Also, a set number of predetermined search queries selected from past user queries could be used to precompute possible sets of refinements.

These predetermined queries would be issued, and the search results would be maintained in a database for lookup in response to future user search requests based on the predetermined queries.

The refined queries would be presented to the searcher along with the results of the original search.

More details on the process

The query refinements patent application delves fairly deeply into how this process works by providing an insight into each step along the way.

It first looks at a pre-computation stage, which happens before any query is even entered into the search engine. A “precomputation engine” is described, which has at least four parts:

  • An Associator, which creates relevance-weighed relationships between stored queries and stored documents. The number of times a query is searched for may also play a part in the weight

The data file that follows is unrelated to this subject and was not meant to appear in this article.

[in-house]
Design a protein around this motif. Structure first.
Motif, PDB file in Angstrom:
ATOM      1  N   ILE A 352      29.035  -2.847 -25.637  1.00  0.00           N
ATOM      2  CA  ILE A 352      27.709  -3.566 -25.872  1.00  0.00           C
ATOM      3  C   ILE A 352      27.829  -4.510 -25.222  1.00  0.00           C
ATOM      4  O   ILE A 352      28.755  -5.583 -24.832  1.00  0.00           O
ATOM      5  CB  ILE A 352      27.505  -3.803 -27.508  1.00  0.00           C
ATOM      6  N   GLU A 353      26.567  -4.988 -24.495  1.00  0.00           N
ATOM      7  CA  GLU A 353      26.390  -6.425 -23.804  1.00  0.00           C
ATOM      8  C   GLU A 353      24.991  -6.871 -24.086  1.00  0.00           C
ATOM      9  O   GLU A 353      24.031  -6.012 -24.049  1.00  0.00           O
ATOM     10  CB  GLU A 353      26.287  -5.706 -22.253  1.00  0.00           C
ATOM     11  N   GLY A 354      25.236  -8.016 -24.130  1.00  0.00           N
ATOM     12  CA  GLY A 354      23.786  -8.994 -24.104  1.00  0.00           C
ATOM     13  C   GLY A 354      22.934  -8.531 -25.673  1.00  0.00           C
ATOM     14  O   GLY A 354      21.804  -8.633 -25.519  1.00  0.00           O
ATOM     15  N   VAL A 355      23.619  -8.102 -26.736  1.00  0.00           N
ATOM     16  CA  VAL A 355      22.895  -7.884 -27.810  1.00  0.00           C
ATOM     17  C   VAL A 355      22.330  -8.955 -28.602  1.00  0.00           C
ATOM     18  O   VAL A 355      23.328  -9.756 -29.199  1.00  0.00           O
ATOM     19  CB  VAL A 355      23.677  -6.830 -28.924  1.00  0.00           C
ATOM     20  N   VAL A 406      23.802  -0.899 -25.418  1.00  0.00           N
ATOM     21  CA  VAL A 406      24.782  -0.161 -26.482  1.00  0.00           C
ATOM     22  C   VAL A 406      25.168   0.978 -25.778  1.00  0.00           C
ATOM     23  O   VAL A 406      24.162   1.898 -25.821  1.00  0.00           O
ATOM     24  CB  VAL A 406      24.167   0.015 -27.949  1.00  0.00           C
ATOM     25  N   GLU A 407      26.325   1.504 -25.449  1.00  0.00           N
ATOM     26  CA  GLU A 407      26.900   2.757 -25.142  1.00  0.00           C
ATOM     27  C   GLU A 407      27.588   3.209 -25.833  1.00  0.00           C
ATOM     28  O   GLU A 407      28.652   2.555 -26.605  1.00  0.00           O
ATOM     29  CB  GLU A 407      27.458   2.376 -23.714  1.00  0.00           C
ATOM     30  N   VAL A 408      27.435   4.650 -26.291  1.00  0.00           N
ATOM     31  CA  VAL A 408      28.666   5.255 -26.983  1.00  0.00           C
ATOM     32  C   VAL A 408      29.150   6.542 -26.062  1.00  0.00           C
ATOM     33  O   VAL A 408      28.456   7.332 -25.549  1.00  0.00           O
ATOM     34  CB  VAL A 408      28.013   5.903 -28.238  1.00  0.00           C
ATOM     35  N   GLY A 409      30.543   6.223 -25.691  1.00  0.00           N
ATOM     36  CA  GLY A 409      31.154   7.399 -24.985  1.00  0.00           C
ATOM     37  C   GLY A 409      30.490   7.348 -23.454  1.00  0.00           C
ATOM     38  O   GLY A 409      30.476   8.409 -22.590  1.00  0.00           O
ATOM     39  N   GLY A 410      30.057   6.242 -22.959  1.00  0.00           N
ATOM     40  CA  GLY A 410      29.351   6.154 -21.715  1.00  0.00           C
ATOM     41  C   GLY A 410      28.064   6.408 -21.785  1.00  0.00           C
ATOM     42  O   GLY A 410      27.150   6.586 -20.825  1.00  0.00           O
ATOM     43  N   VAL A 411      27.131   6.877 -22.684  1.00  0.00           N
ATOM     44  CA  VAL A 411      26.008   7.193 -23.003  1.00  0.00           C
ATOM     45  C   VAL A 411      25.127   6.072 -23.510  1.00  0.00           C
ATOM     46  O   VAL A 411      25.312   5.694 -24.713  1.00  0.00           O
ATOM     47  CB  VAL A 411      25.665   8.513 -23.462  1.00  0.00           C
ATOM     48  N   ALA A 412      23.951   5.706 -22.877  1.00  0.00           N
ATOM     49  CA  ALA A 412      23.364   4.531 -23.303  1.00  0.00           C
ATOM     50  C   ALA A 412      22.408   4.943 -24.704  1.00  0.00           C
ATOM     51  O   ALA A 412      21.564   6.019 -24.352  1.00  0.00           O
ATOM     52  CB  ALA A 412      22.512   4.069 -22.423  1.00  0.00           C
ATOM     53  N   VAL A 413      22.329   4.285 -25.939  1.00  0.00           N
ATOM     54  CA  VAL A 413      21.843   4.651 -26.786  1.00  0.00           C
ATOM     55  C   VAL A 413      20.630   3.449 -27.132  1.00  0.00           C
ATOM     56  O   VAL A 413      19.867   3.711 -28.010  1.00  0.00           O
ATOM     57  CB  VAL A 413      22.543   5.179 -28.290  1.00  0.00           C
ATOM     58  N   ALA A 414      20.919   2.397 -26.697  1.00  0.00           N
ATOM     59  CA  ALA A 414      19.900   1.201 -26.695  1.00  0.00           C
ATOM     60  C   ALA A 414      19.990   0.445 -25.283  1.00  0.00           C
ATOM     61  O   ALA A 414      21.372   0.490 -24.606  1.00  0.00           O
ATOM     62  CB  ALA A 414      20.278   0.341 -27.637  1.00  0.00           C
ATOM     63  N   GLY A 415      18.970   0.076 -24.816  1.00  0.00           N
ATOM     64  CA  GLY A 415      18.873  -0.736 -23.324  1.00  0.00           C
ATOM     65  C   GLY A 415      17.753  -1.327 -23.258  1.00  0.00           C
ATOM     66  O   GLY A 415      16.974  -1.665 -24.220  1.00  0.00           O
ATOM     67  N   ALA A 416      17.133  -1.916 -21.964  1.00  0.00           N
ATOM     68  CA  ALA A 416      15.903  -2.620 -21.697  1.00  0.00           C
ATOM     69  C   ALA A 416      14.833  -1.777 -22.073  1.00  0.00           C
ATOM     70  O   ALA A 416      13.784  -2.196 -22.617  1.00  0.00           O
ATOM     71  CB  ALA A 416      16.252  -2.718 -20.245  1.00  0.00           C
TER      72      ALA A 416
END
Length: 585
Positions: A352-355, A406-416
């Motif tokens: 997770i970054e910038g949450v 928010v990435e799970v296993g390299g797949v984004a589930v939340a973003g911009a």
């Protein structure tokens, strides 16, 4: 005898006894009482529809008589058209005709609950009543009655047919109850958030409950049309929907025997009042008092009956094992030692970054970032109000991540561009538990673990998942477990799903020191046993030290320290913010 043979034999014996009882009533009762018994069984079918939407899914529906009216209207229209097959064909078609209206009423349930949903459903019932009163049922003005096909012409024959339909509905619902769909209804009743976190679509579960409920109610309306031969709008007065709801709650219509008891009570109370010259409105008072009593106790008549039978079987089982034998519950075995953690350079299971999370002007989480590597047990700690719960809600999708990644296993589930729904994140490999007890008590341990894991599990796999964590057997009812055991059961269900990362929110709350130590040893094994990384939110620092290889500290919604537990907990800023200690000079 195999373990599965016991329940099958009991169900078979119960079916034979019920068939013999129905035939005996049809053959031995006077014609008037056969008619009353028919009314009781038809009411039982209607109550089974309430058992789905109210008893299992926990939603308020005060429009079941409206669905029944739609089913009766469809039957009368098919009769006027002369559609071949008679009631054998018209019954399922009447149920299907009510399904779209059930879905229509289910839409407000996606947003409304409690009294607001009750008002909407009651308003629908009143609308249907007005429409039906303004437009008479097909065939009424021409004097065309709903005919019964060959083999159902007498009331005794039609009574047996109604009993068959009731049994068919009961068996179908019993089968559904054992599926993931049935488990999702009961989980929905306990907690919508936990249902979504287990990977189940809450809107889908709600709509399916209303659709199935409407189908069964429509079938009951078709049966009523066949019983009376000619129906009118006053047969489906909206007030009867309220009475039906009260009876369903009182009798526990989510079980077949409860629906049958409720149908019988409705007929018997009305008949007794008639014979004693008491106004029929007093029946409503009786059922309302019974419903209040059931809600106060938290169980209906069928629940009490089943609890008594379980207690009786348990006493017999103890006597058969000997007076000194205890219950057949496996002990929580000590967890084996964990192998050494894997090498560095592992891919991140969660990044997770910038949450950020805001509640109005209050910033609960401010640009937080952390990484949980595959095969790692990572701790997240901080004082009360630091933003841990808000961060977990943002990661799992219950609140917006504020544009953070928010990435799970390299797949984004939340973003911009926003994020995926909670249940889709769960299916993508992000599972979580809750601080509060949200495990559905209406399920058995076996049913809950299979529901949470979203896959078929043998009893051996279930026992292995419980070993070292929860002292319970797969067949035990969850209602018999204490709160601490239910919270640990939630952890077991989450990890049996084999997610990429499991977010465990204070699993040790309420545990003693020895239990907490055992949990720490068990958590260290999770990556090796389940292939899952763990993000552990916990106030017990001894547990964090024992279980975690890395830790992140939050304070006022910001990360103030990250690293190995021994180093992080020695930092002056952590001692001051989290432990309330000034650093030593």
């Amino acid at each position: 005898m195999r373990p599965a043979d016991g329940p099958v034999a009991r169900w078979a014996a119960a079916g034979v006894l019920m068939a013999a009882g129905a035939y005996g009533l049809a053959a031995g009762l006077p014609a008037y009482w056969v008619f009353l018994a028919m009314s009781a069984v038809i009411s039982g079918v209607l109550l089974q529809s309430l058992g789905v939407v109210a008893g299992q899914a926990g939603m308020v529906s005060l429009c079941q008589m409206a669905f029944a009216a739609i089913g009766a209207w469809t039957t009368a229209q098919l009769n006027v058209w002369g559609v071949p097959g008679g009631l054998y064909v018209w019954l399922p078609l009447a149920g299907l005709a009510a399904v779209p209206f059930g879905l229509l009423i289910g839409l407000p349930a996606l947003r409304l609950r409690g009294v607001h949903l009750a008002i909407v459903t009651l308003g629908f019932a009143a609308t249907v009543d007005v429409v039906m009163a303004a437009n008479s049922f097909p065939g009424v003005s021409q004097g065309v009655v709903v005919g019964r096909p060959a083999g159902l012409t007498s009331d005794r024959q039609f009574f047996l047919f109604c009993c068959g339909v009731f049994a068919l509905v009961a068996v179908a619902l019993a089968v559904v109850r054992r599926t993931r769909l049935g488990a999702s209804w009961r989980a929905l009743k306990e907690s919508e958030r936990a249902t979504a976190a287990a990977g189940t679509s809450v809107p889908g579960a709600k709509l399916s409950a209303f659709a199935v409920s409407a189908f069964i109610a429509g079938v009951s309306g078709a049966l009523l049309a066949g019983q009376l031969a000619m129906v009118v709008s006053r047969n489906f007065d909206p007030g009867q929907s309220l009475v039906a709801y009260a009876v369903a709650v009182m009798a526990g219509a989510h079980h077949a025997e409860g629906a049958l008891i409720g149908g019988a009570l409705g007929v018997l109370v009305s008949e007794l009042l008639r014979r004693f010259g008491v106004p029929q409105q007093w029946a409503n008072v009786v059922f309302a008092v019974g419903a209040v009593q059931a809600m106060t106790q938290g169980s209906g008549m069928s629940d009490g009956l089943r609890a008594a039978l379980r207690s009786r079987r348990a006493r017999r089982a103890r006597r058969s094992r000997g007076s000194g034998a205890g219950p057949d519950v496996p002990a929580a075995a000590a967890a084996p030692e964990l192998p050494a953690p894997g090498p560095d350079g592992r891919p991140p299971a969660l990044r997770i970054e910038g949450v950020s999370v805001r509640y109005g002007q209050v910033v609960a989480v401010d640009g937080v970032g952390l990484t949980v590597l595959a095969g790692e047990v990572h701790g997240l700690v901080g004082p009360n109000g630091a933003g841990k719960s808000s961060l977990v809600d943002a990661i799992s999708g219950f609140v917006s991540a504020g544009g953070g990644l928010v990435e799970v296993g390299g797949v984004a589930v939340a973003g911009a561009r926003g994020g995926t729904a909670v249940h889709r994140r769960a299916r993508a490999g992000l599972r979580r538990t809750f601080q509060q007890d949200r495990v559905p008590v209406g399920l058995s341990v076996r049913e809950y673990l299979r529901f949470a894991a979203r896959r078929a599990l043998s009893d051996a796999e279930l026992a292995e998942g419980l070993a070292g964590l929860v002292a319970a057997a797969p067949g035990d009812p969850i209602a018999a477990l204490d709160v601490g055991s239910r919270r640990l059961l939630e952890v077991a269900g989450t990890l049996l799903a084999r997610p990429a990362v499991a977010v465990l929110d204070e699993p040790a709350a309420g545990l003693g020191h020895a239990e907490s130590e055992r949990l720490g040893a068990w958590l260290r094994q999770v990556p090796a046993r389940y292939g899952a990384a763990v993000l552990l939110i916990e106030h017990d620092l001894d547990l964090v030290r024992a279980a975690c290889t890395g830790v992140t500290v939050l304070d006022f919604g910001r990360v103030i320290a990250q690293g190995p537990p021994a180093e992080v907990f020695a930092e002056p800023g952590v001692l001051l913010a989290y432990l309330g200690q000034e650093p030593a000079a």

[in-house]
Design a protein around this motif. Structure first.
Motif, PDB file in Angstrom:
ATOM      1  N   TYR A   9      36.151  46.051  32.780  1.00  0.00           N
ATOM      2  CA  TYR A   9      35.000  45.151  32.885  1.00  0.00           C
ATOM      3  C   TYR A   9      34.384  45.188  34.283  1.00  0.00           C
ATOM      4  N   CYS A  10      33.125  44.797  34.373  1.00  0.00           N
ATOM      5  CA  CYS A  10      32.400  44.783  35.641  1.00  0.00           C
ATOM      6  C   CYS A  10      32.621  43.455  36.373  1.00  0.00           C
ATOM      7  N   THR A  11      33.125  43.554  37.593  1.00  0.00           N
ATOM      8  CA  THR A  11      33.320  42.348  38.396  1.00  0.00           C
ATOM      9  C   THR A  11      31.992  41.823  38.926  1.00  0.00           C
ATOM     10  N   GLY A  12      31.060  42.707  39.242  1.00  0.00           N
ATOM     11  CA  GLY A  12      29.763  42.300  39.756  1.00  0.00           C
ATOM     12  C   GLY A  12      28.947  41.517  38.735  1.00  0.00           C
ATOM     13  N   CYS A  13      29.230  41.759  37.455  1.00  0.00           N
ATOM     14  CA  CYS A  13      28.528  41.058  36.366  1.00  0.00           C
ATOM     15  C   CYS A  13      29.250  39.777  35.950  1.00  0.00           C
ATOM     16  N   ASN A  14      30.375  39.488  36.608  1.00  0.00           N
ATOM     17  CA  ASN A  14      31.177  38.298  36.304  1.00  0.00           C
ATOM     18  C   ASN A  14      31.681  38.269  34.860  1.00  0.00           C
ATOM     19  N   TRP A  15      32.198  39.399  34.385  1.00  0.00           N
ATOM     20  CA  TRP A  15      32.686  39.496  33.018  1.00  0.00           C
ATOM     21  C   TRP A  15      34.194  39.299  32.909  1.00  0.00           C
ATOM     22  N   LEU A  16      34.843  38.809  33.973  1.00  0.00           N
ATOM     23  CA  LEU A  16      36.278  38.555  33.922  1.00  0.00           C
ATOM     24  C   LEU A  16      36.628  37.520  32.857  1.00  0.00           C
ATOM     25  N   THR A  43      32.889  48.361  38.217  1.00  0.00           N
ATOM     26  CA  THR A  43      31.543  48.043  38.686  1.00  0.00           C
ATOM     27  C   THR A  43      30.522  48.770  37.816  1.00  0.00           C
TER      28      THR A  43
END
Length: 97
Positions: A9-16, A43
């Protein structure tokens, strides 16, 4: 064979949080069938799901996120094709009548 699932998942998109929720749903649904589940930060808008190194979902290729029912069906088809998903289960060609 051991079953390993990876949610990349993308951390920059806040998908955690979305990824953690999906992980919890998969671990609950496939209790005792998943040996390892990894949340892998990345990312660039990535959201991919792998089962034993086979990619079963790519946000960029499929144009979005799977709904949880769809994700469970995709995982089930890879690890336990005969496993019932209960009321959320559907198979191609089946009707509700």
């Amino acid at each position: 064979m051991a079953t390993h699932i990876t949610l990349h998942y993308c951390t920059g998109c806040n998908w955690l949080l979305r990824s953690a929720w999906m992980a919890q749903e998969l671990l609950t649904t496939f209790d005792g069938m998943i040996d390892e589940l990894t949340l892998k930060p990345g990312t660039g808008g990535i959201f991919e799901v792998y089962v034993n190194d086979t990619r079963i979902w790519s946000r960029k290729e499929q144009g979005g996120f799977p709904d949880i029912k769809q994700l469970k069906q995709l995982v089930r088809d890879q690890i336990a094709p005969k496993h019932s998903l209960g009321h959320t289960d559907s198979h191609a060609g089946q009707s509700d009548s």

• A Selector, which decides which stored documents and their stored queries should be retrieved based upon a search.
  • A Regenerator, which looks at query logs and may select stored documents based upon previous searches.
  • An Inverter, which looks at cached data and may select documents and associated queries based upon that cached data.

A query refinement system also has four parts:

  • A Matcher matches one or more of the stored documents to the actual search documents generated by the search engine in response to a search query. Relevance scores are also created as part of the search query issuance. The matcher identifies the stored queries and assigned weights using the associations corresponding to the matched stored documents.
  • A Clusterer, forms one or more clusters based on term vectors formed from the terms occurring in the matched stored queries and corresponding weights. The term vectors are normalized vectors projected into multi-dimensional space, with each dimension corresponding to a term (an individual word or a word combination). Those clusters are ranked based on the relevance scores assigned to the search documents corresponding to the matched stored documents and the number of stored documents occurring in each cluster. The highest-ranking clusters are considered potential refinement clusters.